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What are the Origins of Graffiti?

By Sheri Cyprus
Updated May 23, 2024
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Graffiti originated in ancient Italy as inscriptions and drawings on sculptures and walls. In fact, graffiti was found in 1851 in the ruins of Pompeii. Painting on sidewalks, and other forms of graffiti, is still common in Rome today. Whereas Romans consider graffiti as a form of urban art, many westerners consider it vandalism unless property owners give consent to the graffiti artists. Graffiti may include drawing, painting, and writing, or a combination of the three.

Tagging is a form of graffiti used to put a 'name tag' on public areas and is thought to be used by some gangs to mark territory. The origin of tagging goes back to the 1970s when a mail carrier in New York made a goal to ride every bus and subway in New York. He wrote his name and courier identification number, Vic 156, to mark each bus and subway he took. Others began to follow Vic's example and tags grew more prevalent, larger, and much more elaborate. Tagging as graffiti moved from buses and subways to walls and all types of outdoor areas.

The old Belmont trolley tunnel in Los Angeles was a popular spot for taggers until, despite over 2 years of protests to save it as a modern cultural landmark, the graffiti covered tunnel was torn down. The tunnel was frequented by homeless people, gangs, and drug addicts and had appeared in many films. Graffiti artists and taggers from other states and other parts of the world had traveled to paint at Belmont. Los Angeles police dismissed the graffiti as tagging by vandals, but art groups appealed to the Los Angeles Cultural Heritage Commission to help save the tunnel.

"Aerosol muralists" are graffiti artists who paint large, commissioned murals on urban walls, usually on the sides of businesses. The murals can be very beautiful and graphic, attracting much attention from potential customers in the area. Aerosol muralists use aerosol spray paint as it gives an airbrushed look to the mural. Sometimes house paint, rollers, and brushes are also used. The murals usually relate to their surroundings. For example, a mural on the side wall of a Greek restaurant would most likely have a Grecian theme.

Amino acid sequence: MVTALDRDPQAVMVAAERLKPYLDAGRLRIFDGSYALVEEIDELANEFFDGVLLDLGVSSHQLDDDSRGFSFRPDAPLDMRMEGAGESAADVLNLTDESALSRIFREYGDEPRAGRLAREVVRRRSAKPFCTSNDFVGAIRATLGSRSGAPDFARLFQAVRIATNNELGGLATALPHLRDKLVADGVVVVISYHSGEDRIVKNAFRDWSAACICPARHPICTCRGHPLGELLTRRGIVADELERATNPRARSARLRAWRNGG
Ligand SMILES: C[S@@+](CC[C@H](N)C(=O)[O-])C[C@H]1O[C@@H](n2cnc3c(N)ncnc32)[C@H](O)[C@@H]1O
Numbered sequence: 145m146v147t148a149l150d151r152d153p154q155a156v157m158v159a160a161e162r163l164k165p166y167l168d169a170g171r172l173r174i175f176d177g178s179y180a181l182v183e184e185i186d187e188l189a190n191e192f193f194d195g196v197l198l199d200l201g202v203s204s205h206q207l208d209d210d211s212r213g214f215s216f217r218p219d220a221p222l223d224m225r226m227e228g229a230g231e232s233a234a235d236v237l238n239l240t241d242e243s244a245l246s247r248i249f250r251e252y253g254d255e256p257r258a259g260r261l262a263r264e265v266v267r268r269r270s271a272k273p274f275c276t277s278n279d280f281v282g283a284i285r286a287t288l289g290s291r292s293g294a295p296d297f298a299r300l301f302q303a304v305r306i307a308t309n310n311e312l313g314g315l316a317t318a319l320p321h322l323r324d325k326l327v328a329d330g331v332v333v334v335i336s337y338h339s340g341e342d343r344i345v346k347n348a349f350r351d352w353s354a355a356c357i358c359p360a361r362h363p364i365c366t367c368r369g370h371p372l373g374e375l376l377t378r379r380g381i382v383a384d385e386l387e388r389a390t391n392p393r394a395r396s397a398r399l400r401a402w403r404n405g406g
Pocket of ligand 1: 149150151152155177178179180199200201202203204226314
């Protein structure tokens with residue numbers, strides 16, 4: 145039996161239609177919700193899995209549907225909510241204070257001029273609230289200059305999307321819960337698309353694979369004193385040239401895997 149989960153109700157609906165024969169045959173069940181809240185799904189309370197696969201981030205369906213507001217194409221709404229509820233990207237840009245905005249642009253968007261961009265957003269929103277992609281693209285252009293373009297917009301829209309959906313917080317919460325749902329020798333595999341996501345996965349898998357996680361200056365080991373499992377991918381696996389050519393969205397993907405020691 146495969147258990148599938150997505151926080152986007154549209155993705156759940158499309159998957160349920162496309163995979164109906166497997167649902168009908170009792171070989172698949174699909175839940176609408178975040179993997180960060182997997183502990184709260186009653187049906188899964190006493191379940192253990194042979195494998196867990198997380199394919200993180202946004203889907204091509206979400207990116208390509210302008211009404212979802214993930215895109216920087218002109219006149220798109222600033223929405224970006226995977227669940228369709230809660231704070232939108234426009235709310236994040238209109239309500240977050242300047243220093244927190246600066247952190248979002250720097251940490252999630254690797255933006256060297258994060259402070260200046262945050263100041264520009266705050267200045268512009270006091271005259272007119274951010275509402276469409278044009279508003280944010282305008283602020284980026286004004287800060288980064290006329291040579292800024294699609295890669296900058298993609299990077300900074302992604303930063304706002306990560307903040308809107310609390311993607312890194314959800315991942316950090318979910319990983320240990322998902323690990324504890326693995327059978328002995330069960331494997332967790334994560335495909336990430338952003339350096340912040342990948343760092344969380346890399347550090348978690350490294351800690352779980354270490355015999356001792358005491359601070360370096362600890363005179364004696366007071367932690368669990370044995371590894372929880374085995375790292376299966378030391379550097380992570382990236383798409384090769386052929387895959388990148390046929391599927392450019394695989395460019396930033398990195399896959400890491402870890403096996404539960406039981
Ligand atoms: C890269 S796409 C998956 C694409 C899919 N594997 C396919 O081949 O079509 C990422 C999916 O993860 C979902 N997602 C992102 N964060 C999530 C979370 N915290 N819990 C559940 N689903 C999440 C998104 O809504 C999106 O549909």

Musical Expert is dedicated to providing accurate and trustworthy information. We carefully select reputable sources and employ a rigorous fact-checking process to maintain the highest standards. To learn more about our commitment to accuracy, read our editorial process.
Discussion Comments
By anon155802 — On Feb 24, 2011

that information is awesome. it was also very helpful for my project.

By anon87057 — On May 27, 2010

"Seen" is actually the aurelia rising king and godfather of graffiti. it was because of him that graffiti was 'seen' in new york subways and trains from his early childhood to even now. just look him up. "Sl1M"

By anon35813 — On Jul 07, 2009

In America around the late 1960s, graffiti was used as a form of expression by political activists, and also by gangs such as the Savage Skulls, La Familia, and Savage Nomads to mark territory. Towards the end of the 1960s, the signatures—tags—of Philadelphia graffiti writers Cornbread, Cool Earl and Topcat 126 started to appear.[15][16]. Cornbread is often cited as one of the earliest writer of modern graffiti[17]. Around 1970-71, the center of graffiti innovation moved to New York City where writers following in the wake of TAKI 183 and Tracy 168 would add their street number to their nickname, "

By anon35812 — On Jul 07, 2009

Graffiti and tagging are the same we are all street artists who express ourselves through art-- its either grow up sellin crack or you can paint-- i painted.. But cornbread was the first real tag artist he tagged the jackson 5 jet and an elephant at the philadelphia zoo (where he's from) then vic 156 followed suit and soon by taki 183 graffiti started in philly and spread to new york soon after

By anon25021 — On Jan 22, 2009

hey i need take 183's email if he has 1? im doing research on him for a school project. sopleasegive it to me if you have it. btw im a graffiti artist as well tag name FLO 723

By AuthorSheriC — On Dec 20, 2008

anon23225: According to the University of Illinois at Chicago (UIC), TAKI 183 "made graffiti famous" but "the origin of tagging" belongs to Vic 156.

UIC's website lists their sources as B-Boys.com and the Yale-New Haven Teachers Institute which is an educational partnership between the New Haven, Connecticut school district and Yale University.

Wikipedia defines a tag as "a form of signature used by graffiti artists."

By anon23225 — On Dec 18, 2008

Hi, I've been spending over a month writing a research paper on graffiti in NYC from the mid 60's to the early 80's. All textbooks, encyclopedias, and even first person references from some of the breakthrough artists themselves cite TAKI 183 as the foot messenger who started tagging, which then led to the evolution of graffiti. I hope this is helpful.

By malena — On Mar 20, 2008

Anon10030 -- I think you're confusing tagging and general graffiti. I think people say TAKI 183 was the guy that made graffiti popular in like the 70s or something. But I think the article is right when it says that people say the first tagger was VIC 156.

By anon10030 — On Mar 18, 2008

not VIC 156 but TAKI 183 was the person which you are writing about

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